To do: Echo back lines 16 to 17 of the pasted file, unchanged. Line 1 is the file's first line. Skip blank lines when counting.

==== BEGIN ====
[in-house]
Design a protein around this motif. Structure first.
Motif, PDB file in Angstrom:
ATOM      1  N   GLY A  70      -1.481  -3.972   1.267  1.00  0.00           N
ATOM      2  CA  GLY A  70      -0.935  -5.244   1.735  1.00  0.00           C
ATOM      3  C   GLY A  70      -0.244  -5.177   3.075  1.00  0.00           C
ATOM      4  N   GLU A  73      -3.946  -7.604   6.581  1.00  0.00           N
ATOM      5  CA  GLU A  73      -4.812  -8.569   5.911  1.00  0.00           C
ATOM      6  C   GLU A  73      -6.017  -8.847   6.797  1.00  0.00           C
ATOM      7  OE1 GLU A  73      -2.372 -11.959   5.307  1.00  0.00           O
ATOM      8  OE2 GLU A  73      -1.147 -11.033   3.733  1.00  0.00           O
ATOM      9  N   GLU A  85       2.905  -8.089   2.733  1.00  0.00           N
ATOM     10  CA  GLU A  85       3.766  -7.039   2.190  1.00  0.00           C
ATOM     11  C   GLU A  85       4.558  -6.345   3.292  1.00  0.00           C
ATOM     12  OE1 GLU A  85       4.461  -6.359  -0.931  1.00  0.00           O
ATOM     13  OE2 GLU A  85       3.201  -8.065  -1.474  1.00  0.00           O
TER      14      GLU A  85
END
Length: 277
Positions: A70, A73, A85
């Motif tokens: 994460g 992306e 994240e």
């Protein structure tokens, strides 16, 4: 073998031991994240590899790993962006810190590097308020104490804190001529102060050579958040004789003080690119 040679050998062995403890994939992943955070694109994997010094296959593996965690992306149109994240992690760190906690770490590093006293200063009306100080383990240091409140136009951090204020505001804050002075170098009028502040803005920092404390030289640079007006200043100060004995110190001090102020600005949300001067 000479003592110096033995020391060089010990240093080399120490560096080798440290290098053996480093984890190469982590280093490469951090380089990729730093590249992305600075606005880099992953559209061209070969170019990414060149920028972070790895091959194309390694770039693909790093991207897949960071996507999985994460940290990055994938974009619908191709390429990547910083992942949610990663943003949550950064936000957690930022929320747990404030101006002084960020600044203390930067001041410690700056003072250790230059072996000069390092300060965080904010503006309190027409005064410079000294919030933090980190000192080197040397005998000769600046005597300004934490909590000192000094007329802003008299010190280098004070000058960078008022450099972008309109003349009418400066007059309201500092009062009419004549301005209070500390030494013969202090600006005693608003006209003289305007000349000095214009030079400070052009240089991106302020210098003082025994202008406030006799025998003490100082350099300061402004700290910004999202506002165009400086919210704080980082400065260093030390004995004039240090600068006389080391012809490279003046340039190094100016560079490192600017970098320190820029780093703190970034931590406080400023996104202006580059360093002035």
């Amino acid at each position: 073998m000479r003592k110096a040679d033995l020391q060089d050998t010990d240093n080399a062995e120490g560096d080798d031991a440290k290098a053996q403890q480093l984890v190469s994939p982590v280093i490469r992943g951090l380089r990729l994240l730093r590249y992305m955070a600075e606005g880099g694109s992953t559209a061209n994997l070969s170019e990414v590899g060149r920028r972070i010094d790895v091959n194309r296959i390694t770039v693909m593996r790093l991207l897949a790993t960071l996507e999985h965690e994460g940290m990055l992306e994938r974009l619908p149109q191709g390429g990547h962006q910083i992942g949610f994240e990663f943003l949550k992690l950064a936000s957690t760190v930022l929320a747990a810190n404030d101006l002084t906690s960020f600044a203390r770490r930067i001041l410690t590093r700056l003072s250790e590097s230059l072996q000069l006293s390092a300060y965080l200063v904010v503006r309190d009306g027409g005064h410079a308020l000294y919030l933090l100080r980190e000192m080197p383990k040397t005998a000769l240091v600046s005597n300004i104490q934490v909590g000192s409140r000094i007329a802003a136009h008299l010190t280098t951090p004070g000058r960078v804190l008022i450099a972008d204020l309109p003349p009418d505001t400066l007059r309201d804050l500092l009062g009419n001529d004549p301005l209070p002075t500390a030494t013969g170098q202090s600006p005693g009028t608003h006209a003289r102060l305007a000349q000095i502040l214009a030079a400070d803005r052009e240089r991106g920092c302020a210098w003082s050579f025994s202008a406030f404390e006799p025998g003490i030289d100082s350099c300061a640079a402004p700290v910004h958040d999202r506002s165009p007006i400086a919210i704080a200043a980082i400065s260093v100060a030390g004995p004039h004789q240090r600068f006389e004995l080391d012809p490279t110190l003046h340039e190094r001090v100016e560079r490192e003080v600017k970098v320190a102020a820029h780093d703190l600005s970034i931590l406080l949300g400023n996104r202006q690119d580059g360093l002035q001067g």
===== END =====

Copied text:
ATOM     13  OE2 GLU A  85       3.201  -8.065  -1.474  1.00  0.00           O
TER      14      GLU A  85